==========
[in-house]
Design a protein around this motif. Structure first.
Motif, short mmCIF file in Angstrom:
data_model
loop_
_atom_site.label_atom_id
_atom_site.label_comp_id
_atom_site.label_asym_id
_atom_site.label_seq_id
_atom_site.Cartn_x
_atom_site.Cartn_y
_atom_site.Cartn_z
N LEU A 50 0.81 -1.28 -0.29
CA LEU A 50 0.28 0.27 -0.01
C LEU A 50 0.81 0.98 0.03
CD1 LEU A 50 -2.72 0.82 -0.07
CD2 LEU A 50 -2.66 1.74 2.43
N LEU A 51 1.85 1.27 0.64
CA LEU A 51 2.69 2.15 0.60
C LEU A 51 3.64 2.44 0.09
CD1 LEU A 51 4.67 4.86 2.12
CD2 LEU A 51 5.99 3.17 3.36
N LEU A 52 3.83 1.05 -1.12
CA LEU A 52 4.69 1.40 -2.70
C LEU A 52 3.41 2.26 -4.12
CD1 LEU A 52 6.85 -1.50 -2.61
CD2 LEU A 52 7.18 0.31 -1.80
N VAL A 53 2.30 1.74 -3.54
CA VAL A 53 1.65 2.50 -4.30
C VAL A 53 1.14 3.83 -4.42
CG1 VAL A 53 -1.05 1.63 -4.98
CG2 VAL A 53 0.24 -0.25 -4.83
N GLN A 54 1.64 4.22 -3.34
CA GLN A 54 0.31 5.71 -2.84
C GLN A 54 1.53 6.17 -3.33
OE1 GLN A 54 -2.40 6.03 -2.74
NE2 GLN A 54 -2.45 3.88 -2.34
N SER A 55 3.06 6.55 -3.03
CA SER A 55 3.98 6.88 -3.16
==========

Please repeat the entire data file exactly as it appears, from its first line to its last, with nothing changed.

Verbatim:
[in-house]
Design a protein around this motif. Structure first.
Motif, short mmCIF file in Angstrom:
data_model
loop_
_atom_site.label_atom_id
_atom_site.label_comp_id
_atom_site.label_asym_id
_atom_site.label_seq_id
_atom_site.Cartn_x
_atom_site.Cartn_y
_atom_site.Cartn_z
N LEU A 50 0.81 -1.28 -0.29
CA LEU A 50 0.28 0.27 -0.01
C LEU A 50 0.81 0.98 0.03
CD1 LEU A 50 -2.72 0.82 -0.07
CD2 LEU A 50 -2.66 1.74 2.43
N LEU A 51 1.85 1.27 0.64
CA LEU A 51 2.69 2.15 0.60
C LEU A 51 3.64 2.44 0.09
CD1 LEU A 51 4.67 4.86 2.12
CD2 LEU A 51 5.99 3.17 3.36
N LEU A 52 3.83 1.05 -1.12
CA LEU A 52 4.69 1.40 -2.70
C LEU A 52 3.41 2.26 -4.12
CD1 LEU A 52 6.85 -1.50 -2.61
CD2 LEU A 52 7.18 0.31 -1.80
N VAL A 53 2.30 1.74 -3.54
CA VAL A 53 1.65 2.50 -4.30
C VAL A 53 1.14 3.83 -4.42
CG1 VAL A 53 -1.05 1.63 -4.98
CG2 VAL A 53 0.24 -0.25 -4.83
N GLN A 54 1.64 4.22 -3.34
CA GLN A 54 0.31 5.71 -2.84
C GLN A 54 1.53 6.17 -3.33
OE1 GLN A 54 -2.40 6.03 -2.74
NE2 GLN A 54 -2.45 3.88 -2.34
N SER A 55 3.06 6.55 -3.03
CA SER A 55 3.98 6.88 -3.16